Skip to comments.A Food-Stamp Recovery Is the New Normal
Posted on 04/04/2013 10:15:32 AM PDT by SeekAndFind
Almost four years ago, in June 2009, the US entered into a technical recovery from the Great Recession touched off by the collapse of a decade-long housing bubble. The bubble collapse nearly wiped out the financial sector, thanks to extensive investment in mortgage-backed securities that ended up being nearly worthless as foreclosures swept across the nation like a wildfire.
American investors lost trillions in net worth as the stock markets plunged, and the federal government shoveled out trillions more in bailouts, safety-net subsidies, and stimulus programs that promised a soft landing and then a steady recovery based on a more-sound economic foundation.
The Obama administration has insisted that the recovery has been both steady and sound, almost ever since it began. Every months jobs reports is accompanied by cheering that the numbers remain positive, even though the rate of increase hasnt kept up with population growth, and despite the fact that the civilian workforce participation rate remains at three-decade-long lows. Consumer spending increases are heralded as corroboration of confidence in the recovery. Even the brief instance of contraction in the initial estimate of the 2012 fourth-quarter US economy, later adjusted to 0.4 percent annualized growth, was explained as an artifact of government spending cuts, a mere hiccup along the path of solid economic expansion.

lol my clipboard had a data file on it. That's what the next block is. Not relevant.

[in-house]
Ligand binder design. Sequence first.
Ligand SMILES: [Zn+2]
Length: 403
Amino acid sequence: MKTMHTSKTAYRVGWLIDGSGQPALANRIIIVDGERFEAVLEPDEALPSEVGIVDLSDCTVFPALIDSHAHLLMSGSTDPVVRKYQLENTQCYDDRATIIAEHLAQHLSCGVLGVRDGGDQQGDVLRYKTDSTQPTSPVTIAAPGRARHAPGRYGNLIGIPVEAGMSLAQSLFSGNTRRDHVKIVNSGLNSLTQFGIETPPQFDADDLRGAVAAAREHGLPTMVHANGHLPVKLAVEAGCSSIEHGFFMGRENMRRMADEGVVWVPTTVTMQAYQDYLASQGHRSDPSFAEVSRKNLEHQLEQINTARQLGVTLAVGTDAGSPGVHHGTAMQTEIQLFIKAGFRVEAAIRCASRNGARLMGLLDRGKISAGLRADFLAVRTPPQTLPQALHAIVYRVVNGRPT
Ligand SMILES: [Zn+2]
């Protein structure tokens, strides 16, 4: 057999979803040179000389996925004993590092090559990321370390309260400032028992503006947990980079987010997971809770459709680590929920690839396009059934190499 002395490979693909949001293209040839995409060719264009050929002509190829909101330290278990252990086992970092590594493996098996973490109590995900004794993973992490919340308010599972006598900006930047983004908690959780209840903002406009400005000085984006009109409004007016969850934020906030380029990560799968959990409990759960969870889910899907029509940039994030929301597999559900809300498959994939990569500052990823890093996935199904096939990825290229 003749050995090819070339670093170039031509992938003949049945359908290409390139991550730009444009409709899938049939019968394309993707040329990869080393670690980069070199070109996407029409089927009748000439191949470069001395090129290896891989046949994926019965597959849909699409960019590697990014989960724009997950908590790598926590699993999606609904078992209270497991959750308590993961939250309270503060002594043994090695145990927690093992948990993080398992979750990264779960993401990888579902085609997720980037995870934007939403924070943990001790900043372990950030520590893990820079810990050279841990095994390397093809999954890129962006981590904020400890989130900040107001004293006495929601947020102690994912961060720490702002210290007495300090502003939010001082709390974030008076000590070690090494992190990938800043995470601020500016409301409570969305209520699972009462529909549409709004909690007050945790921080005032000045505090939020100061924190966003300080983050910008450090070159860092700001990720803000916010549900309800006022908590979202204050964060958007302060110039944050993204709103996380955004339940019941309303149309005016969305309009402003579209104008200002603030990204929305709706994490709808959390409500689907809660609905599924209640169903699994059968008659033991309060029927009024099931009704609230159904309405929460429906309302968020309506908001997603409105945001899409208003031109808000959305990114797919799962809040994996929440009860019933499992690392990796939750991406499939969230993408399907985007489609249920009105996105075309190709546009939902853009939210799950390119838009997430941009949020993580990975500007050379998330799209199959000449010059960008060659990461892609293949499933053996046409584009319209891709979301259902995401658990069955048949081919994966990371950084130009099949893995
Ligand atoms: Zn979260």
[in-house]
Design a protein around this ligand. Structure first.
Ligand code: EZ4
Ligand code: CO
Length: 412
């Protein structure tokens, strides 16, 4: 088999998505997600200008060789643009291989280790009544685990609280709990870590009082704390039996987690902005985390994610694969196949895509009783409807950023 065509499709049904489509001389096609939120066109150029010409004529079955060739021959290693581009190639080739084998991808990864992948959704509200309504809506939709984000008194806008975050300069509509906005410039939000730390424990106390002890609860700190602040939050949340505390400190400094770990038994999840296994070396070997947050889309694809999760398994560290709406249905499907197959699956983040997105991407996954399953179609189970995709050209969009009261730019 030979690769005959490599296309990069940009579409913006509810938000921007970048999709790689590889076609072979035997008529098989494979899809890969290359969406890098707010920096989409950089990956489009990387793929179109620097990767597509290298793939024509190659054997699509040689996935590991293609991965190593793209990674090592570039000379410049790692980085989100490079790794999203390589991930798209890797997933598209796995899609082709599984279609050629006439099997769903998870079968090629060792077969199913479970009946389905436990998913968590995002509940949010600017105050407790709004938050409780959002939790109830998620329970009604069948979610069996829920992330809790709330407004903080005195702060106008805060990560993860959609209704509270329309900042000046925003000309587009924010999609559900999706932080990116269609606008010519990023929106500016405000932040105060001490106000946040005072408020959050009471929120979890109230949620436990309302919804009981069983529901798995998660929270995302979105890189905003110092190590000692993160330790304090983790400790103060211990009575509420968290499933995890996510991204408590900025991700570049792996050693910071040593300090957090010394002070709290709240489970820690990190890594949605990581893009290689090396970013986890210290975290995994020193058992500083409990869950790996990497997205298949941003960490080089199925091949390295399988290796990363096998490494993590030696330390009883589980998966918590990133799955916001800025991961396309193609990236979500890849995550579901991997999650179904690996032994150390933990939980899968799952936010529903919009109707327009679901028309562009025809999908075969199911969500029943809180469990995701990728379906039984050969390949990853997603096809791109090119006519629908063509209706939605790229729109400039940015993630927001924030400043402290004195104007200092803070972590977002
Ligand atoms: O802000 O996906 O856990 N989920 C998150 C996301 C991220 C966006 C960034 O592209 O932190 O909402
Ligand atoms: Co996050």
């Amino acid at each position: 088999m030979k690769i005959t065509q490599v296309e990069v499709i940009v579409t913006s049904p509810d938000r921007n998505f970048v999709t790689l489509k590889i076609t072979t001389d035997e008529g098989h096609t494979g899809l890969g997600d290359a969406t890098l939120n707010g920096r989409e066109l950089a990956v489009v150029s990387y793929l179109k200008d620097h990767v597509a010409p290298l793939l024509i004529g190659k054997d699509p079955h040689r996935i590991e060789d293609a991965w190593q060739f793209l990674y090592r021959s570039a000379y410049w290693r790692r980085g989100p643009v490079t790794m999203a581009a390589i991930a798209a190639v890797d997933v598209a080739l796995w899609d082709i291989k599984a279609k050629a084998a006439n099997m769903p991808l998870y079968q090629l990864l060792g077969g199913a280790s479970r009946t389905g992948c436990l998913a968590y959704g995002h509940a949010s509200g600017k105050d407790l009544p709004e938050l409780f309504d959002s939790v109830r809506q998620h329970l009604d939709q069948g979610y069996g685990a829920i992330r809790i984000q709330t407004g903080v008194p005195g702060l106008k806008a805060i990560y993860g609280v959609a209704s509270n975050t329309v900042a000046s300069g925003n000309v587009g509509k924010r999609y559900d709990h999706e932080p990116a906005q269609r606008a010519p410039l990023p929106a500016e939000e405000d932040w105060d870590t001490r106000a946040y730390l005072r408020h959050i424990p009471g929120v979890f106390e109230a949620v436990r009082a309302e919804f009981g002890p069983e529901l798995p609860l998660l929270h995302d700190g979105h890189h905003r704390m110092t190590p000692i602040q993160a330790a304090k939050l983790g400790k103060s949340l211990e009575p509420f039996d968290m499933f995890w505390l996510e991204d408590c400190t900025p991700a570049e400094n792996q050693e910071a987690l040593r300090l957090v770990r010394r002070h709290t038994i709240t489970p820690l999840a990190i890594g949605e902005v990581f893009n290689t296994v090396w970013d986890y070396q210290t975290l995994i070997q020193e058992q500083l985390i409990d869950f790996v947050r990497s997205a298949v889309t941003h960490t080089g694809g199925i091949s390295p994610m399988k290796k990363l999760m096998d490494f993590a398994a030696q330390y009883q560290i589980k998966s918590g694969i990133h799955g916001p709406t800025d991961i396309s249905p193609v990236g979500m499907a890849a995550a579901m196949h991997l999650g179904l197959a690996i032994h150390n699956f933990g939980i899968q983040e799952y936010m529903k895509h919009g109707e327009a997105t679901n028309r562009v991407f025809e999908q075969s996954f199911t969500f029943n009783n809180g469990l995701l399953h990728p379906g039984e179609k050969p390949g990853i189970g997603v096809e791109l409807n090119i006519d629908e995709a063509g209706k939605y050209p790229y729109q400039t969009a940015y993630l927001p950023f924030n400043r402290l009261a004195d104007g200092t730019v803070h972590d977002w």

This week, the administrations supporters celebrated another indicator of recovery and expansion. This week the Dow Jones Industrial Averagehit a six-year high, going above the 14,500 mark and doubling the DJIA value at the nadir of the Great Recession. The Standard & Poors Index also hit a record high mark last week, and then closed above that earlier this week. That has some feeling as though we have closed out the books on the Great Recession, even to the point to where US News opined yesterday that another Korean War wouldnt necessarily push the US back into a recession.
Actually, I agree. Wed have to get out of the first one to go into another. And while the stock markets look as though the American economy has rebuilt itself to its pre-collapse strength, the measures on the ground paint a very different story.